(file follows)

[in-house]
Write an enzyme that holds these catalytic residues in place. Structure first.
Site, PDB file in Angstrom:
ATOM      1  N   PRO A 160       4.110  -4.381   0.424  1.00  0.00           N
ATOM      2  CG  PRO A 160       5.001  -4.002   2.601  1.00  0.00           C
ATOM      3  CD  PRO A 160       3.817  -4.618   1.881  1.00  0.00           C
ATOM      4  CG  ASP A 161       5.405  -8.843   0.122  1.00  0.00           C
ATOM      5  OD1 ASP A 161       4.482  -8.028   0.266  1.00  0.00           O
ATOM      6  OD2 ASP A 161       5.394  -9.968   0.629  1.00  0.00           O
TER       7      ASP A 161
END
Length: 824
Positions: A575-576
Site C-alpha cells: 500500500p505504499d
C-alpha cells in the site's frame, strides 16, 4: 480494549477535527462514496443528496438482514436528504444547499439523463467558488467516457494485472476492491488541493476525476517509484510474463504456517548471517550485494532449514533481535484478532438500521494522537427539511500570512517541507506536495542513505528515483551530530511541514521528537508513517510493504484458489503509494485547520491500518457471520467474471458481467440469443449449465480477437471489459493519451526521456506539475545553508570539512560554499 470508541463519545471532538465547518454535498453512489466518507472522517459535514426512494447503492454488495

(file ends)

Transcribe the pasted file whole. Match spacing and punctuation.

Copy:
[in-house]
Write an enzyme that holds these catalytic residues in place. Structure first.
Site, PDB file in Angstrom:
ATOM      1  N   PRO A 160       4.110  -4.381   0.424  1.00  0.00           N
ATOM      2  CG  PRO A 160       5.001  -4.002   2.601  1.00  0.00           C
ATOM      3  CD  PRO A 160       3.817  -4.618   1.881  1.00  0.00           C
ATOM      4  CG  ASP A 161       5.405  -8.843   0.122  1.00  0.00           C
ATOM      5  OD1 ASP A 161       4.482  -8.028   0.266  1.00  0.00           O
ATOM      6  OD2 ASP A 161       5.394  -9.968   0.629  1.00  0.00           O
TER       7      ASP A 161
END
Length: 824
Positions: A575-576
Site C-alpha cells: 500500500p505504499d
C-alpha cells in the site's frame, strides 16, 4: 480494549477535527462514496443528496438482514436528504444547499439523463467558488467516457494485472476492491488541493476525476517509484510474463504456517548471517550485494532449514533481535484478532438500521494522537427539511500570512517541507506536495542513505528515483551530530511541514521528537508513517510493504484458489503509494485547520491500518457471520467474471458481467440469443449449465480477437471489459493519451526521456506539475545553508570539512560554499 470508541463519545471532538465547518454535498453512489466518507472522517459535514426512494447503492454488495